I hadn’t been to church in a couple of months, but I went to sacrament meeting with the family Sunday (dunno why). Anyway, a young student couple spoke, and I don’t remember the assigned topic, but both talks quickly turned to obedience being the key to everything.
The young man said that it’s really hard to be obedient because we don’t always feel like being obedient. But we shouldn’t just obey “when we feel like it,” but rather, we should force ourselves to obey, even when we don’t want to. I’ve been pondering this since then. Is our “not feeling like it” due to our evil natures and temptation, or is it more an indicator of the arbitrary nature of LDS commandments? I suspect it’s more the latter.
In many ways, obedience for church members involves jumping through visible hoops that really serve no purpose except to bind the members to the group. Hence Mormonism has long since abandoned its spiritual innovativeness (I’m thinking of early church culture) in favor of a set of boundaries so restrictive that even the color of a man’s shirt or the number of a woman’s earrings represents inclusion in the group.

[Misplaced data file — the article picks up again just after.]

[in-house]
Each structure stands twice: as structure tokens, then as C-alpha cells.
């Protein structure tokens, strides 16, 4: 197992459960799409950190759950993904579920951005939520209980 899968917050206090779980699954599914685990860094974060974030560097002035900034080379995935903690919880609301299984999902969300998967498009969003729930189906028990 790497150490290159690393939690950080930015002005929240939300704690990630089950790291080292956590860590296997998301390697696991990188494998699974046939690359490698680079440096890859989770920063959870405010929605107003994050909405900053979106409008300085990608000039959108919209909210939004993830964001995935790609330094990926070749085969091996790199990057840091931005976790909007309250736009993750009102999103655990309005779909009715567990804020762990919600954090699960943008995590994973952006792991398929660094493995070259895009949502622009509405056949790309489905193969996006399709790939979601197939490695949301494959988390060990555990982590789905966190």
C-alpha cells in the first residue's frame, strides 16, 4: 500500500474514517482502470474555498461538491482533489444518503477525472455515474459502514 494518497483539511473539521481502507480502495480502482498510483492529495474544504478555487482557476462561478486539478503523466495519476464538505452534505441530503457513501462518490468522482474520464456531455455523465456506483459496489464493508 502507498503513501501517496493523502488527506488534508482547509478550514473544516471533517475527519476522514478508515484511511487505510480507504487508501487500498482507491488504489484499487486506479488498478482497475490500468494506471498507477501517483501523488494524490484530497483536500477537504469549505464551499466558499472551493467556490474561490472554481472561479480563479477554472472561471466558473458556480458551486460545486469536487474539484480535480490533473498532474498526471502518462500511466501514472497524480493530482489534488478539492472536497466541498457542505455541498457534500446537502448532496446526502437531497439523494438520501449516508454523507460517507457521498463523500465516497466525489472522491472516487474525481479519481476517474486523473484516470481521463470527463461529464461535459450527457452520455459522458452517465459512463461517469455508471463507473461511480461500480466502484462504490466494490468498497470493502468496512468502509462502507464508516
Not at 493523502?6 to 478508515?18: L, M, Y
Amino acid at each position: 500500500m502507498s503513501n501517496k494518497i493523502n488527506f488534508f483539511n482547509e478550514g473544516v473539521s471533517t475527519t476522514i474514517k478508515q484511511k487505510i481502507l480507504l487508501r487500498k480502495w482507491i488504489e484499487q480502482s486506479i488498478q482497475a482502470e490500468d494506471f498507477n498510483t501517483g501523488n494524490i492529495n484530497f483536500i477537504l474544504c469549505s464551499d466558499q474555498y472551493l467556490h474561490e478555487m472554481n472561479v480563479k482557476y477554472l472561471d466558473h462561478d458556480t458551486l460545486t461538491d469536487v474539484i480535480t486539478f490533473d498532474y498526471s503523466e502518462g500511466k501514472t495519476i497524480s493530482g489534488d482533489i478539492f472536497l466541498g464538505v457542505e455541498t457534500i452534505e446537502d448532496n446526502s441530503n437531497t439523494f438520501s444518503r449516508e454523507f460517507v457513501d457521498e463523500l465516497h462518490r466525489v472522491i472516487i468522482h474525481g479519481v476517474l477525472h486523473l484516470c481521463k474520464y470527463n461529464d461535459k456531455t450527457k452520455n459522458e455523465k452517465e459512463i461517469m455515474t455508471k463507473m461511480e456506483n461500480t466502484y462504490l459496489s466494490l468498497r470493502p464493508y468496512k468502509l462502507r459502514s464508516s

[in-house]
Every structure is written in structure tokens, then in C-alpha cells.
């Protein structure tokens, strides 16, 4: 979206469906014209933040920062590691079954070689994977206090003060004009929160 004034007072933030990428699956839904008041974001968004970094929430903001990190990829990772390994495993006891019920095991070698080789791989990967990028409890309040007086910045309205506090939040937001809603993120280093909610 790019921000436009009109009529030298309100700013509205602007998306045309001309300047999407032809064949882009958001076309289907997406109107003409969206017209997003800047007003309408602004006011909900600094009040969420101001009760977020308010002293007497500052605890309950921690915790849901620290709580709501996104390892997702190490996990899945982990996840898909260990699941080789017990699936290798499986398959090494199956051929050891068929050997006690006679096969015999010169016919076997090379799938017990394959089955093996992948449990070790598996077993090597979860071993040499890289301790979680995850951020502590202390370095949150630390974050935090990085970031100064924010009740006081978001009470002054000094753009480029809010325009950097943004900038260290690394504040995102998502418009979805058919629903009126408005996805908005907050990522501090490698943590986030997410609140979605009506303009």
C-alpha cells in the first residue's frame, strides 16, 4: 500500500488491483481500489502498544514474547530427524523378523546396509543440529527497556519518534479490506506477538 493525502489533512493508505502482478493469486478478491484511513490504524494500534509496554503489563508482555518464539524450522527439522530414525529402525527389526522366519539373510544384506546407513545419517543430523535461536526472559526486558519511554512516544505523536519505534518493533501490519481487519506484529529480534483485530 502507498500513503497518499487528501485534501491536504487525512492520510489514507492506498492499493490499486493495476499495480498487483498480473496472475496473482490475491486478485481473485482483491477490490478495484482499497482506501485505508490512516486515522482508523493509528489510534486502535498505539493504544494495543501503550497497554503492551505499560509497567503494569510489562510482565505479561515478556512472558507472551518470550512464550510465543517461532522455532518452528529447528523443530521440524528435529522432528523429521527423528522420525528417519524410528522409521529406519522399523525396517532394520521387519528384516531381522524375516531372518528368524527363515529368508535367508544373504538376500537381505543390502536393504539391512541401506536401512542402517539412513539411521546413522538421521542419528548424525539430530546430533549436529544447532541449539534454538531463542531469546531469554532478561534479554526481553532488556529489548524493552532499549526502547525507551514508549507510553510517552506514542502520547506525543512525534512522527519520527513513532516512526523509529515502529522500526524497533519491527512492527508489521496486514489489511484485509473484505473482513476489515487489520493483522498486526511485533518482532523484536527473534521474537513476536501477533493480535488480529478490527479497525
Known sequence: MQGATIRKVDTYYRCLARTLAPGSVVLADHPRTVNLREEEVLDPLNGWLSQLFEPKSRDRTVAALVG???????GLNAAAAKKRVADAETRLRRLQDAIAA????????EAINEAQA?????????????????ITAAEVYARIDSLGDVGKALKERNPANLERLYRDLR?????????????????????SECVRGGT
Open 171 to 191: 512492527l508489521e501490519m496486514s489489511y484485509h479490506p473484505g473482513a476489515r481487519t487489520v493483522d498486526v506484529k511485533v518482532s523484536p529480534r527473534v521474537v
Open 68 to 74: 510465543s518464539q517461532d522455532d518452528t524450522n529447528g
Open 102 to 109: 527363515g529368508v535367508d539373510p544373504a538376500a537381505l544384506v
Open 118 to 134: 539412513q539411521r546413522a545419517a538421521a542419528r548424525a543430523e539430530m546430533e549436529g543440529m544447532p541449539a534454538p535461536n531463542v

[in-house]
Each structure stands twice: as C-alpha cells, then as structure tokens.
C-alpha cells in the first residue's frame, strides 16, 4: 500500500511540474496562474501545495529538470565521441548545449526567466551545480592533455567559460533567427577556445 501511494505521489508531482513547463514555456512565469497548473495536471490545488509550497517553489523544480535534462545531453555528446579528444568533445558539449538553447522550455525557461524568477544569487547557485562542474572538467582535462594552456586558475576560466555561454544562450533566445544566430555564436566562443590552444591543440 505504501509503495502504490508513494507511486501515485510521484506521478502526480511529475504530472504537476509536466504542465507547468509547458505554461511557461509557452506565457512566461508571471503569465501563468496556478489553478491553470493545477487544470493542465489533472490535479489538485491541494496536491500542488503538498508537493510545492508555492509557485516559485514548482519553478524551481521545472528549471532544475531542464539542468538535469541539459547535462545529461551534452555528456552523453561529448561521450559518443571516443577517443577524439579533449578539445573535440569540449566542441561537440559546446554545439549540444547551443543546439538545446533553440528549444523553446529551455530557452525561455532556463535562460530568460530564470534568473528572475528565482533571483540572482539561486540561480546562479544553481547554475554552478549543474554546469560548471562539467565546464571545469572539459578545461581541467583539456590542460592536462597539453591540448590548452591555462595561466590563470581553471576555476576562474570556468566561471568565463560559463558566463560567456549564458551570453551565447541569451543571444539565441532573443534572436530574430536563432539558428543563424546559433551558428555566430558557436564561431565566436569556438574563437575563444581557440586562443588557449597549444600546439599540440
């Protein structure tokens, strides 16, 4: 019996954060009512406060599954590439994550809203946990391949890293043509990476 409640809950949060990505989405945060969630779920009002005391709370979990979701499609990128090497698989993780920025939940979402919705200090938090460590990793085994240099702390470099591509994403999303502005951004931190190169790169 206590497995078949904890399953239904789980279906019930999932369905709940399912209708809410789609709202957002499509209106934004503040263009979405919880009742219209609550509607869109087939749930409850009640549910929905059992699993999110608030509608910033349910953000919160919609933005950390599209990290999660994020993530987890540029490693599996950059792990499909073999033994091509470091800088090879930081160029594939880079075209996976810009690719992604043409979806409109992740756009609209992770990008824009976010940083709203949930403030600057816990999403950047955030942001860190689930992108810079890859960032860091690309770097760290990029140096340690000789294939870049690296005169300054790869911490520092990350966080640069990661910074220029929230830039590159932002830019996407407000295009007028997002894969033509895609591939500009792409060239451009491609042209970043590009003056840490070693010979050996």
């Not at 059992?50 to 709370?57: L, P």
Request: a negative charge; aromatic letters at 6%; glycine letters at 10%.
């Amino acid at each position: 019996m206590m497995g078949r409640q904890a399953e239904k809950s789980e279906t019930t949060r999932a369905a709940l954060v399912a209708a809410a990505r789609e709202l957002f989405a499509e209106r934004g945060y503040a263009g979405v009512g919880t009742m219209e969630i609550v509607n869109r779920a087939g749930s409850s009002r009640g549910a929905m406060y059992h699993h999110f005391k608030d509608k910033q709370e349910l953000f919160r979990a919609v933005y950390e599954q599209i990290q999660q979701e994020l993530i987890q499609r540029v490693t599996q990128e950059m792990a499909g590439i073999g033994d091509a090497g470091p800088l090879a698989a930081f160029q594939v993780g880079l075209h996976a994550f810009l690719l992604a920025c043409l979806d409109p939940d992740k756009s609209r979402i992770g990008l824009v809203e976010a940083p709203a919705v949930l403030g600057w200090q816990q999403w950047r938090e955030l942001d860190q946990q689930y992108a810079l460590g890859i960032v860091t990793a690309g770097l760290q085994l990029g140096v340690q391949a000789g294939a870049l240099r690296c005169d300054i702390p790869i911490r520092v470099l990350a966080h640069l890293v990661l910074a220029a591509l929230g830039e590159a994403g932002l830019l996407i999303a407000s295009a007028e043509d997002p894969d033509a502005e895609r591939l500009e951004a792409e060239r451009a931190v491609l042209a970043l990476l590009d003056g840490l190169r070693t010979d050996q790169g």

So, there isn’t any motivation to “do the right thing” because the right thing isn’t a moral issue at all but a simple matter of cultural expectation. The only question for the believer is whether or not to deal with the guilt and social pressure of nonconformity. Hence we have David Bednar spelling out clearly that nonconformity is a window into the soul, and that soul is wanting.
I know I’m rambling, but I thought that since leaving the church, I find myself completely free of any temptation or guilt because I generally do the right thing. Why? Because generally I feel like doing the right thing. I don’t treat my neighbors kindly because I’m expected to do so, but I do it because I want to. I’m not honest because dishonesty would make me feel guilty; I’m honest because I want to be.
I used to feel beset by temptations, to the point that I would set daily and weekly goals to avoid temptation. When I finally let go of the guilt of nonconformity, for some reason the temptation faded into the ether. I’m sure some believers would say that’s because Satan already has his hands on me and doesn’t need to tempt me. But I think something else is going on. I’ve finally discovered my own morality, which is far deeper than the one I accepted for so long.